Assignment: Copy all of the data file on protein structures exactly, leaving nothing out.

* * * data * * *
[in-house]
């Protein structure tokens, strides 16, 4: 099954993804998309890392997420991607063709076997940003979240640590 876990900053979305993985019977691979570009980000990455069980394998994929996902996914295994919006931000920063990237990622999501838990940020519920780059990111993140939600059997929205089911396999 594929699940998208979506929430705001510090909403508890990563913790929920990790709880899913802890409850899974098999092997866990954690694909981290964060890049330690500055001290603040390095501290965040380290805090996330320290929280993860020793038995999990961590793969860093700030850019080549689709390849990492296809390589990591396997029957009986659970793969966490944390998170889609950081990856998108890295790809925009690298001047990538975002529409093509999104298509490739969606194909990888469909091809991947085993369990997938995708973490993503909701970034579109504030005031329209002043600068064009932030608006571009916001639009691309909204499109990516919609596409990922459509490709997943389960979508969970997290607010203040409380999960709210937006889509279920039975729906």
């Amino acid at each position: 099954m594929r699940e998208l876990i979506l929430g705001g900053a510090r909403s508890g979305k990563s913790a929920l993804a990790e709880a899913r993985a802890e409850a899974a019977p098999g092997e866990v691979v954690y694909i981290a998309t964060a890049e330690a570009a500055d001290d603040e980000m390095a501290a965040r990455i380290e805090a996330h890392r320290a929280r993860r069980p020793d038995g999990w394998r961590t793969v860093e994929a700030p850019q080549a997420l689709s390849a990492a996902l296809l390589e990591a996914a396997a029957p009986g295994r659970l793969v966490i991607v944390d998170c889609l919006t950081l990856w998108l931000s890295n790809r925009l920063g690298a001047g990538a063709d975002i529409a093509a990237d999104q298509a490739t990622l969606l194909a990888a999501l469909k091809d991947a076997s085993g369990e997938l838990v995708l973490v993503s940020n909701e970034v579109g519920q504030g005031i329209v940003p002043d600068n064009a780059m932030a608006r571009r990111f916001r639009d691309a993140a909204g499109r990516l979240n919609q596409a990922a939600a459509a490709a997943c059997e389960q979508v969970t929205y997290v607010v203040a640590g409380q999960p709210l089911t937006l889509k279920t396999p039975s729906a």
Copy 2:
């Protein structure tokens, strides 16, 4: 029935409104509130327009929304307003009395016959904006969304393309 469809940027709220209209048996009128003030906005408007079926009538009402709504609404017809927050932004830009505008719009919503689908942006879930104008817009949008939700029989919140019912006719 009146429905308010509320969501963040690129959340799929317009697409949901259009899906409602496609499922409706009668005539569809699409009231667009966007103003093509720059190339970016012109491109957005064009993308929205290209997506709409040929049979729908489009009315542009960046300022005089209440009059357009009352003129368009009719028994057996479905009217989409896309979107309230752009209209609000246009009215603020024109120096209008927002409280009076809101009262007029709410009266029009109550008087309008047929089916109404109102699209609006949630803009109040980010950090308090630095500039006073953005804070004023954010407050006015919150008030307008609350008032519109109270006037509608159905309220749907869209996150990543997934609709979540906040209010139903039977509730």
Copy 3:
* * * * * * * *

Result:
[in-house]
């Protein structure tokens, strides 16, 4: 099954993804998309890392997420991607063709076997940003979240640590 876990900053979305993985019977691979570009980000990455069980394998994929996902996914295994919006931000920063990237990622999501838990940020519920780059990111993140939600059997929205089911396999 594929699940998208979506929430705001510090909403508890990563913790929920990790709880899913802890409850899974098999092997866990954690694909981290964060890049330690500055001290603040390095501290965040380290805090996330320290929280993860020793038995999990961590793969860093700030850019080549689709390849990492296809390589990591396997029957009986659970793969966490944390998170889609950081990856998108890295790809925009690298001047990538975002529409093509999104298509490739969606194909990888469909091809991947085993369990997938995708973490993503909701970034579109504030005031329209002043600068064009932030608006571009916001639009691309909204499109990516919609596409990922459509490709997943389960979508969970997290607010203040409380999960709210937006889509279920039975729906």
């Amino acid at each position: 099954m594929r699940e998208l876990i979506l929430g705001g900053a510090r909403s508890g979305k990563s913790a929920l993804a990790e709880a899913r993985a802890e409850a899974a019977p098999g092997e866990v691979v954690y694909i981290a998309t964060a890049e330690a570009a500055d001290d603040e980000m390095a501290a965040r990455i380290e805090a996330h890392r320290a929280r993860r069980p020793d038995g999990w394998r961590t793969v860093e994929a700030p850019q080549a997420l689709s390849a990492a996902l296809l390589e990591a996914a396997a029957p009986g295994r659970l793969v966490i991607v944390d998170c889609l919006t950081l990856w998108l931000s890295n790809r925009l920063g690298a001047g990538a063709d975002i529409a093509a990237d999104q298509a490739t990622l969606l194909a990888a999501l469909k091809d991947a076997s085993g369990e997938l838990v995708l973490v993503s940020n909701e970034v579109g519920q504030g005031i329209v940003p002043d600068n064009a780059m932030a608006r571009r990111f916001r639009d691309a993140a909204g499109r990516l979240n919609q596409a990922a939600a459509a490709a997943c059997e389960q979508v969970t929205y997290v607010v203040a640590g409380q999960p709210l089911t937006l889509k279920t396999p039975s729906a």
Copy 2:
């Protein structure tokens, strides 16, 4: 029935409104509130327009929304307003009395016959904006969304393309 469809940027709220209209048996009128003030906005408007079926009538009402709504609404017809927050932004830009505008719009919503689908942006879930104008817009949008939700029989919140019912006719 009146429905308010509320969501963040690129959340799929317009697409949901259009899906409602496609499922409706009668005539569809699409009231667009966007103003093509720059190339970016012109491109957005064009993308929205290209997506709409040929049979729908489009009315542009960046300022005089209440009059357009009352003129368009009719028994057996479905009217989409896309979107309230752009209209609000246009009215603020024109120096209008927002409280009076809101009262007029709410009266029009109550008087309008047929089916109404109102699209609006949630803009109040980010950090308090630095500039006073953005804070004023954010407050006015919150008030307008609350008032519109109270006037509608159905309220749907869209996150990543997934609709979540906040209010139903039977509730």
Copy 3: